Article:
State Budgets and Major Policy Bills Pass, Often With Little Debate
Lawmakers jammed through hundreds of bills, often with little debate, before adjourning Sunday afternoon, ending a session punctuated by a historic six-week Senate GOP walkout. Measures passing on the frenetic final eight days of the session included a compromise on hospital staffing, a $100 million boost in student aid and approval of self-service gas. The spud was made Oregon’s official state vegetable.
On the final day of the session, Senator Kathleen Taylor, D-Portland, was saluted by Senator Lynn Findley, R-Vale, for her role in pursuing the compromise that ended the Senate GOP walkout. “I believe that you are 95 percent of the reason we are here,” Findley said.
State budgets were approved, including a major boost in funding for public defenders, a pay raise for deputy district attorneys and financial support for family caregivers and child refuge centers. A research tax credit was okayed for semiconductor manufacturers. A total of $75 million was allotted to an Oregon child tax credit.
The $1 billion Christmas Tree bill set aside $450 million for state worker pay hike increases, $22 million for wildfire prevention and firefighting resources, $13.8 million for community violence prevention programs and an additional $20 million for public health modernization. Lawmakers approved $250 million in the 2023-2025 biennium and a total of $1 billion over several biennia as Oregon’s contribution to the I-5 Columbia River Bridge replacement project.
Starting in 2027, Oregon high school students must take classes in personal finance and life skills. Tik Tok will be banned on state government electronic devices. Retail shops can no longer sell dogs and cats. Persons convicted of felonies by non-unanimous jury verdicts can seek retrials. Accountability measures were adopted for grants made under Oregon’s drug decriminalization Measure 110.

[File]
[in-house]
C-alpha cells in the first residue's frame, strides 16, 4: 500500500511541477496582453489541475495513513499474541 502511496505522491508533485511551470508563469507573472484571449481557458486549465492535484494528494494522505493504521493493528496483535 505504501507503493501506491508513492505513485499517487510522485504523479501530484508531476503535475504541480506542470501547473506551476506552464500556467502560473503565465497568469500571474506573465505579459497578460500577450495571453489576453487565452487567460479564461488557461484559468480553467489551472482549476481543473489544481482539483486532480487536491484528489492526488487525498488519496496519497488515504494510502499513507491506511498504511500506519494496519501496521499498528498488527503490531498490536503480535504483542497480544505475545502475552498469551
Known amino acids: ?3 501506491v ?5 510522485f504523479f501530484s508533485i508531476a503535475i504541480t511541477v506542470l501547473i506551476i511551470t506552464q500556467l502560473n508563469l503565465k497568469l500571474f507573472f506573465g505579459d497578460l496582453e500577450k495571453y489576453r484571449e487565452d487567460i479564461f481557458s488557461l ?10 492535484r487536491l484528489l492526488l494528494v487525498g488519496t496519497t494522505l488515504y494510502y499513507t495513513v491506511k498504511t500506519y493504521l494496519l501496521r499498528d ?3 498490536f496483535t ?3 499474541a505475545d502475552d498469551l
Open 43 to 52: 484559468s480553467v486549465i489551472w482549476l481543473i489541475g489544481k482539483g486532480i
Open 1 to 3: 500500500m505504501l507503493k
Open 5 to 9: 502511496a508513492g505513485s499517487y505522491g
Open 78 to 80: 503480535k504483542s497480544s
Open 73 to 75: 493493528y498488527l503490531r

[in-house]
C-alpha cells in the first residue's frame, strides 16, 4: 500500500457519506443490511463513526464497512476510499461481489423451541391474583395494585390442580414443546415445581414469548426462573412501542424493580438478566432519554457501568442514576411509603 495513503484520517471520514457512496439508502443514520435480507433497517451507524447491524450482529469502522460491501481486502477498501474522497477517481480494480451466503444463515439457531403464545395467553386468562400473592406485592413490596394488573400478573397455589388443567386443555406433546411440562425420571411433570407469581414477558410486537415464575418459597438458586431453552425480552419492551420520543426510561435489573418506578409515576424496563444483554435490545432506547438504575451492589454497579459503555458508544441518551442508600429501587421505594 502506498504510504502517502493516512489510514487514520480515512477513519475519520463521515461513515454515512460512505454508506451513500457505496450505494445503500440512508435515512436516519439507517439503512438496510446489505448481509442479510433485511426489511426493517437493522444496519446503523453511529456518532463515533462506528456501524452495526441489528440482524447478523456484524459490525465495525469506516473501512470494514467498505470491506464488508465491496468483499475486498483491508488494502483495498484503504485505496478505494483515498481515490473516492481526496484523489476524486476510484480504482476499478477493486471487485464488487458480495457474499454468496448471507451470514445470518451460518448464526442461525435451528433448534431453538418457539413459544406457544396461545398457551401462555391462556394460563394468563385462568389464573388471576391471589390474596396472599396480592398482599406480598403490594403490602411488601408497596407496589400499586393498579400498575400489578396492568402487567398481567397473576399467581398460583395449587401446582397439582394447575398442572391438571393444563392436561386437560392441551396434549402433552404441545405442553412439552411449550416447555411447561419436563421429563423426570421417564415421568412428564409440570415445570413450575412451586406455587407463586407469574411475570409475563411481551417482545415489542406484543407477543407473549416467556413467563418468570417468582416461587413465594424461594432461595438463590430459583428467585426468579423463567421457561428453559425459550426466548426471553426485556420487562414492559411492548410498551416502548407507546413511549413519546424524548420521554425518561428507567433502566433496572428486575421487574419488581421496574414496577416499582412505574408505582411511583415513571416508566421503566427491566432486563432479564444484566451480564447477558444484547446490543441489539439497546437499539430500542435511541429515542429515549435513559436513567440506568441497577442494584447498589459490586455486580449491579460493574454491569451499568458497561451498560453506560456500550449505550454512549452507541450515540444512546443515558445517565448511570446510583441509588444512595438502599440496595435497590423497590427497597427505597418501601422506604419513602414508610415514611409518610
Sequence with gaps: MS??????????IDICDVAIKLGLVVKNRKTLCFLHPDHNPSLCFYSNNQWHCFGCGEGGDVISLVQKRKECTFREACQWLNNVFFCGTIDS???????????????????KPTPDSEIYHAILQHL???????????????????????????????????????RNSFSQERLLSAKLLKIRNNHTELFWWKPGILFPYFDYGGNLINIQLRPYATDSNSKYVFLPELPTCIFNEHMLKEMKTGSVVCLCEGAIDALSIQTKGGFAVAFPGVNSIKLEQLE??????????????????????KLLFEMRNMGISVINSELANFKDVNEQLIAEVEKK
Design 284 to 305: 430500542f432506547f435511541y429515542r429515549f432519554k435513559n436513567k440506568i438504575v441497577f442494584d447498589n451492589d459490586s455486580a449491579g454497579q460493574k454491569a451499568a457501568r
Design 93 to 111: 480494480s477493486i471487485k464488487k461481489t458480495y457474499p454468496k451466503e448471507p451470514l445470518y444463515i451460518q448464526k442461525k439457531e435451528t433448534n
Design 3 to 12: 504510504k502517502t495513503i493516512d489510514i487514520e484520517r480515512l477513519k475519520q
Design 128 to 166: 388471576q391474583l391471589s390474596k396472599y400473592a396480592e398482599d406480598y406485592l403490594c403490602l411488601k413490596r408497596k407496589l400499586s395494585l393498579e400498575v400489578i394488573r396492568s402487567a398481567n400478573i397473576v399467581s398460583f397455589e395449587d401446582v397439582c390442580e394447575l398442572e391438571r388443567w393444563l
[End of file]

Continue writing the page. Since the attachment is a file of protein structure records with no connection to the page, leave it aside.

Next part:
Governor Kotek’s proposal to allow cities to expand urban growth boundaries for housing failed by a single vote in the Senate. Bills to regulate pharmacy benefit managers and establish a private right of action for the insured, including for medical malpractice also failed to pass in the Senate. Campaign finance reform once again fell by the wayside. Lawmakers nixed creation of the Oregon Spirits Board to promote liquor sales. No action was taken on a proposed constitutional amendment to shrink the legislature’s quorum requirement.
Oregon voters will get a chance in 2024 to decide whether to switch statewide elections to ranked-choice voting, create a state board to set salaries for statewide elected officials and give the legislature the ability to impeach statewide elected officials.
The legislature’s race to finish its work was interrupted Wednesday when an internet outage forced a half-day recess. The delay didn’t prevent passage of a data privacy measure to protect consumer data and set standards for how business can acquire and use consumer data.
Two members of House Republican leadership, Deputy Leader Shelly Boshart Davis, R-Albany, and Minority Whip E. Werner Reschke, R-Crater Lake, stepped down from their posts. Other members of the GOP caucus protested by skipping floor votes as House Speaker Dan Rayfield, D-Corvallis, chose to treat the absences as excused. Rep. Janelle Bynum, D-Happy Valley, announced she will challenge GOP freshman Congresswoman Lori Chavez-DeRemer in Oregon’s 5th District. Bynum defeated Chavez-DeRemer twice in her Clackamas County House district.
Bill Passage Summary
Hospital Staffing Measure Approved
Campaign Finance Reform Fails
Oregon Spirits Board Barreled
Self-Service Gas Legalized
Deputy DAs Get Pay Boost
Student Aid Get $100 Million Boost
Internet Outage Causes Delay
Christmas Tree Bill Ornaments
Child Tax Credit
I-5 Bridge Funding Nailed Down
Spud New State Vegetable
Support for Family Caregivers
Children Refuge Funding
Personal Finance Classes – SB 3
Oregon Capital Chronicle Session Overview